In an era of 280 characters, URL shortening services are King. When typing out URL’s, it’s best to keep them as short as possible. Nobody likes long links but everybody loves convenience. If you had to choose between typing out https://www.groovypost.com/howto/chrome-os-android-studio/ or https://bit.ly/2RuBR7H, which one would you prefer? It’s a no-brainer, isn’t it?
Today, we’ll be looking at how to make your own link shortening service. The only cost is a domain name and annual hosting.
Make Your Own Link Shortening Service With WordPress
Services like Bitly and TinyURL take your long links and turn them into shorter ones which are easier to type and more memorable. Google’s Goo.gl, on the other hand, is being phased out and is virtually dead, which is another good reason to make your own. Services come and go. But yours can live forever.
Many websites such as the New York Times and the Washington Post have their own custom short URL domains (the New York Times has “nyti.ms” for example). This has the advantage of people knowing that “nyti.ms” links are coming from the New York Times. It’s classic branding in action, and the links are conveniently easy to type.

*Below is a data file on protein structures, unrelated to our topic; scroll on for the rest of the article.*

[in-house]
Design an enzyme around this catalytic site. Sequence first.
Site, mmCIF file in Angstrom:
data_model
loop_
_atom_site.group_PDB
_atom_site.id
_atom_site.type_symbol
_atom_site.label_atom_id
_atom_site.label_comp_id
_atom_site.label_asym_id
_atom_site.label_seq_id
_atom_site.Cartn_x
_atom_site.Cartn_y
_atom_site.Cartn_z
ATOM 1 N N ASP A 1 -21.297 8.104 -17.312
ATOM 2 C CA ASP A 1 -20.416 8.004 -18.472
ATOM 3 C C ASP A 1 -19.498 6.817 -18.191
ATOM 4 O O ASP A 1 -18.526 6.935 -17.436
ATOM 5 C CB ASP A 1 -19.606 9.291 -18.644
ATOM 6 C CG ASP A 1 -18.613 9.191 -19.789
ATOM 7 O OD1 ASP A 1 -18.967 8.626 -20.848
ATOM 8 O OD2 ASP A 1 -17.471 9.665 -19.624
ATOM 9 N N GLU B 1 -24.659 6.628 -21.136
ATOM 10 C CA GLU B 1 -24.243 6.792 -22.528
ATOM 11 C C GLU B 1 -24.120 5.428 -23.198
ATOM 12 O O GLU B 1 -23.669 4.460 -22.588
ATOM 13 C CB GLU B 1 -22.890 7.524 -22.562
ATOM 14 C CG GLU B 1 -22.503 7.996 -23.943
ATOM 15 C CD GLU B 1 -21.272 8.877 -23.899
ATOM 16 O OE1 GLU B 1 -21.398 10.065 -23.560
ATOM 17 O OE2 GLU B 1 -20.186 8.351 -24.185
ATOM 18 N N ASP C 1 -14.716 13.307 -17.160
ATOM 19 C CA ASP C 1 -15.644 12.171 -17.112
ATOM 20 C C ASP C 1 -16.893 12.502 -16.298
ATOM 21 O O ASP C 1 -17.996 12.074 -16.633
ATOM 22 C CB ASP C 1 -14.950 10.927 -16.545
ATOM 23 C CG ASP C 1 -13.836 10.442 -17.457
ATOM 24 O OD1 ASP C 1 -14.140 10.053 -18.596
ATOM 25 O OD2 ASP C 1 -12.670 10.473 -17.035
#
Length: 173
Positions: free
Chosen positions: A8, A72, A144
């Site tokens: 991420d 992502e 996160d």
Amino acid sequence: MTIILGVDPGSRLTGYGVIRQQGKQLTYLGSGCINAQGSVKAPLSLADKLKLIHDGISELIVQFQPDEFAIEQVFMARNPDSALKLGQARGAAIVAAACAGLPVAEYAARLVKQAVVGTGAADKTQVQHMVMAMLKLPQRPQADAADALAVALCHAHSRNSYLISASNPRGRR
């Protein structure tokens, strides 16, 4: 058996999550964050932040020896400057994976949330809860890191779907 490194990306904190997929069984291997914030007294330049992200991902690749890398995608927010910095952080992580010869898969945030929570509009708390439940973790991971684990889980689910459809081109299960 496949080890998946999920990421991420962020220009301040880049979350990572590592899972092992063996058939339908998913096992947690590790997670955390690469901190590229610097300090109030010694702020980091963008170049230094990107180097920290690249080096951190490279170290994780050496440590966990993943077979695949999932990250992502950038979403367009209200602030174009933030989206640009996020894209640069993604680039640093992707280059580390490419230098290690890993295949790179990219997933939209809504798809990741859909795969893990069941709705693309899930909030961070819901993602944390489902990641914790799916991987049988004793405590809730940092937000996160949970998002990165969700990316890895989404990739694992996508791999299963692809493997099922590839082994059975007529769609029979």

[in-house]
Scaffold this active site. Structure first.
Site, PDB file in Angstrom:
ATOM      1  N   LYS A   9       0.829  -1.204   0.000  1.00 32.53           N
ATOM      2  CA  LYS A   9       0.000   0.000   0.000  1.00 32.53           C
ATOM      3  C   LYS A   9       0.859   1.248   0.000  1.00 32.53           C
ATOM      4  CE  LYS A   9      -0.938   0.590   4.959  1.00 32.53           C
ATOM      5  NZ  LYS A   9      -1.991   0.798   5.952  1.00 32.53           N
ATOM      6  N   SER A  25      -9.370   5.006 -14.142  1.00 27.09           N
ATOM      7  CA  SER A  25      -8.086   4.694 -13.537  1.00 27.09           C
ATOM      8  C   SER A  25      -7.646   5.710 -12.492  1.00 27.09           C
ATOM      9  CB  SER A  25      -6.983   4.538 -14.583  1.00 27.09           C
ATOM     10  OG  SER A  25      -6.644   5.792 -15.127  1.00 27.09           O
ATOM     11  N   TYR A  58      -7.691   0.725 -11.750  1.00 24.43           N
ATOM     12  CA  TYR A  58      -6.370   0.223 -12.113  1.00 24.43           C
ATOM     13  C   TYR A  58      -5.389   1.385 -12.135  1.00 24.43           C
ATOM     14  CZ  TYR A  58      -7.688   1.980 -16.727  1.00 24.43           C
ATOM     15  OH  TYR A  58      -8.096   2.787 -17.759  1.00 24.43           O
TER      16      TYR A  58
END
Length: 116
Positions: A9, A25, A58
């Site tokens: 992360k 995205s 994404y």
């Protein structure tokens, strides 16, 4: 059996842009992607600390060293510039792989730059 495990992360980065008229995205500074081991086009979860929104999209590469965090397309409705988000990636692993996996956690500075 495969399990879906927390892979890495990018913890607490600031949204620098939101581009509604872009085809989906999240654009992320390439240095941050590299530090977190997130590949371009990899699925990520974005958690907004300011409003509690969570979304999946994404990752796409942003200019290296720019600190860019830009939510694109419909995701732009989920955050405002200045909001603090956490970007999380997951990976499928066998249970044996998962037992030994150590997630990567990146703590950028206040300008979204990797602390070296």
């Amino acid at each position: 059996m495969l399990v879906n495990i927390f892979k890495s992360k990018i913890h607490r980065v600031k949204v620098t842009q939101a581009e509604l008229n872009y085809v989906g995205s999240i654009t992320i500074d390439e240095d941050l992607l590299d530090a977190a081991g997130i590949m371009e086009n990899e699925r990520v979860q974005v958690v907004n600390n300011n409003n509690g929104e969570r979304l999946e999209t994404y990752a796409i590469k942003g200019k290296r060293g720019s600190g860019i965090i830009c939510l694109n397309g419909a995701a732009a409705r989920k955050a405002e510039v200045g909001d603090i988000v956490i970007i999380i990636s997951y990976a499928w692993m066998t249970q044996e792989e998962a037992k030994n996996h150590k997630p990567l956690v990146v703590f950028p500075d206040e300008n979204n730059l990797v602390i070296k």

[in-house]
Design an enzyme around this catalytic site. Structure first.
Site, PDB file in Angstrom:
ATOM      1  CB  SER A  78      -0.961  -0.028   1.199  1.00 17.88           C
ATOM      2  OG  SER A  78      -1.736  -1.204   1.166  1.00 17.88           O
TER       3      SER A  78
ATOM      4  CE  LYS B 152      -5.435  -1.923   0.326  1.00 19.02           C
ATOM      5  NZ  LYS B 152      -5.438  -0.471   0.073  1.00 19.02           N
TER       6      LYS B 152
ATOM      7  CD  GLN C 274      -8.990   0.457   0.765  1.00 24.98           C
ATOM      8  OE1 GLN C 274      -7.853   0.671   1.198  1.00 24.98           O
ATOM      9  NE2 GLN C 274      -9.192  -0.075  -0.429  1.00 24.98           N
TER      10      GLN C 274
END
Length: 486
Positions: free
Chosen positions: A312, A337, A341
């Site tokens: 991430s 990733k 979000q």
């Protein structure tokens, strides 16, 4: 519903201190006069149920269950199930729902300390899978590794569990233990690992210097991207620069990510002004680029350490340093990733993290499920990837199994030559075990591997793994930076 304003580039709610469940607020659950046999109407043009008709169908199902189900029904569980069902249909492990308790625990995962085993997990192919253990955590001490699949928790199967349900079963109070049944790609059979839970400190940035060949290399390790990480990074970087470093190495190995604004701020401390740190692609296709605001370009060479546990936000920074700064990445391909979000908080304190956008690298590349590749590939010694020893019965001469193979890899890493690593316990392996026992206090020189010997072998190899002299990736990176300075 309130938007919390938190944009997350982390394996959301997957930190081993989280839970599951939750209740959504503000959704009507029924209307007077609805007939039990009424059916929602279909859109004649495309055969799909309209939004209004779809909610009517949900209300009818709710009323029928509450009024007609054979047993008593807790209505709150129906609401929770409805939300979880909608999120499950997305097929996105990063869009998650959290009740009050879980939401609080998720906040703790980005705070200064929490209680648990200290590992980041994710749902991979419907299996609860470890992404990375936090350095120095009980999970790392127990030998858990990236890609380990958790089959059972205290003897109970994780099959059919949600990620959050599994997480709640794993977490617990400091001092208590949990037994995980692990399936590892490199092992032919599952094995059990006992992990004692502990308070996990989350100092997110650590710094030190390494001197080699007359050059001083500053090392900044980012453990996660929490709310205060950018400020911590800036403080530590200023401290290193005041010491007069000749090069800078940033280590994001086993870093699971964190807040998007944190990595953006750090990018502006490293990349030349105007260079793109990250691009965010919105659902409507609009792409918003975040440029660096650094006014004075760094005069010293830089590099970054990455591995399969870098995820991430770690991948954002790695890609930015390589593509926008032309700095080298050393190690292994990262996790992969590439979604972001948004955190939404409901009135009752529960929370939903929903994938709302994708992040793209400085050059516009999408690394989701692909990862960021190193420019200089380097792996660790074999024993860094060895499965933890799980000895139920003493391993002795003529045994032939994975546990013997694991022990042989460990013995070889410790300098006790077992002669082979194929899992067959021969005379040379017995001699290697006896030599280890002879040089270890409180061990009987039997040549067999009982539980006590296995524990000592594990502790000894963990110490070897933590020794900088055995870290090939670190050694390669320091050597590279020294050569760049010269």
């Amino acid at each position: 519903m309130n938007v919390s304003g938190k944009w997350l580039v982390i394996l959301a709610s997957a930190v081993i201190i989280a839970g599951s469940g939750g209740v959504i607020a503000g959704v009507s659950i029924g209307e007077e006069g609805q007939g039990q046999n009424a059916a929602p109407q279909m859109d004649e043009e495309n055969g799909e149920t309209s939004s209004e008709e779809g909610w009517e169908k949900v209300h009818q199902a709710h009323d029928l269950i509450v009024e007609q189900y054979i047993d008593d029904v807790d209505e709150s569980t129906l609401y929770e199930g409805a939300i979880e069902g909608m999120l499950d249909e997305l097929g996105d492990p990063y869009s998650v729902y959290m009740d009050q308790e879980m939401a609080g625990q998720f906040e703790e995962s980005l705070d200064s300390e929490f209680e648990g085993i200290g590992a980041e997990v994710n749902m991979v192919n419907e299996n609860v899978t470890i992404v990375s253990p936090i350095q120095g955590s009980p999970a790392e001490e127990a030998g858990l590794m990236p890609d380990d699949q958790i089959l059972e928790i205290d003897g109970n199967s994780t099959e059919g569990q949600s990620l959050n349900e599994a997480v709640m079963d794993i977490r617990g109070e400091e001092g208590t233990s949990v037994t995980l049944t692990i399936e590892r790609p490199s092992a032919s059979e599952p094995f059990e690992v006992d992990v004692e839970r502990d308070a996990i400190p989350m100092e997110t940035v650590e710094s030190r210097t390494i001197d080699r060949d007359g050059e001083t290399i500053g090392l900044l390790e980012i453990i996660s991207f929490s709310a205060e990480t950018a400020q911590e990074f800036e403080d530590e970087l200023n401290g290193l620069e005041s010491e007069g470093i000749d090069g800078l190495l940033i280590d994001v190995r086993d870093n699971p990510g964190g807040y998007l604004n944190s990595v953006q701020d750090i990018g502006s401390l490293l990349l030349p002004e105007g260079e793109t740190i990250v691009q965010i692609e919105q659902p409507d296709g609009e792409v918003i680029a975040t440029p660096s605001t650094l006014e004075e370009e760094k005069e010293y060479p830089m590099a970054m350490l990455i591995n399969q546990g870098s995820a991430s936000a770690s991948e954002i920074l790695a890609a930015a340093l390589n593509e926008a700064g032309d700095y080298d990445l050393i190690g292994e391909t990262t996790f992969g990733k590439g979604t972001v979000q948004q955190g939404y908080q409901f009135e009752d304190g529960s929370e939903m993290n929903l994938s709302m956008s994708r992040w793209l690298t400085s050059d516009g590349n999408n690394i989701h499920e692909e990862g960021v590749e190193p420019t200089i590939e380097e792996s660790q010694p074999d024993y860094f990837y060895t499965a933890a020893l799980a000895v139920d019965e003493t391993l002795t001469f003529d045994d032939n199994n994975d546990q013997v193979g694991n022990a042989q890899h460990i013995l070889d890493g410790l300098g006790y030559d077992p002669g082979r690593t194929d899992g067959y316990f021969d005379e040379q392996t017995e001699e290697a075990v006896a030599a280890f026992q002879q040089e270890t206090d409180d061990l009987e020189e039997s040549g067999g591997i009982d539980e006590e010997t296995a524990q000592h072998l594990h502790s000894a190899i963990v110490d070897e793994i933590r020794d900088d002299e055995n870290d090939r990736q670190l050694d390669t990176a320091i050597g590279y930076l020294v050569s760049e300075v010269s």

The New York Times uses Bitly t0 power their links. But from personal experience, I can tell you that Bitly has a very limited free plan and you are going to get huge bills if too many links are generated. That’s why a WordPress domain and WordPress short links plugin is basically all you need.
Get Your WordPress Domain
The first step is to get your short URL domain, and there are some things you have to bear in mind before committing to buying one.
The whole point of a short URL domain is….well, that the domain has to be short. Therefore, you need something that will convey your branding but at the same time save your site visitors from typing too much in the browser’s URL address bar.
The short URL domain I bought last year is https://mrko.nl . Since my name is Mark O’Neill, the aim was to remove as many unnecessary characters as possible from the name without destroying my branding. So I removed the “a” from Mark, and the apostrophe and three letters from my surname. groovyPost could be shortened to grvyp.st.
So write down your name or brand, and figure out which letters you can remove. But not so many that people can’t figure out in the end who the domain belongs to.
Pro Tip 1: See if the end of your name and brand corresponds to a country domain. The “nl” of my name is the country domain for the Netherlands. “St” in the groovyPost example just now is for Sào Tomé and Principe. Check out this Wikipedia page for the full list.
Doing this tip helps to shorten your domain even more because then you don’t have to add .com on the end. Most domain name registrars, such as GoDaddy, will help get you foreign domains. Or try Domainr. But with some countries, such as Germany, you have to be a resident there to register a country domain. But if you know somebody there, ask if they will register the domain for you.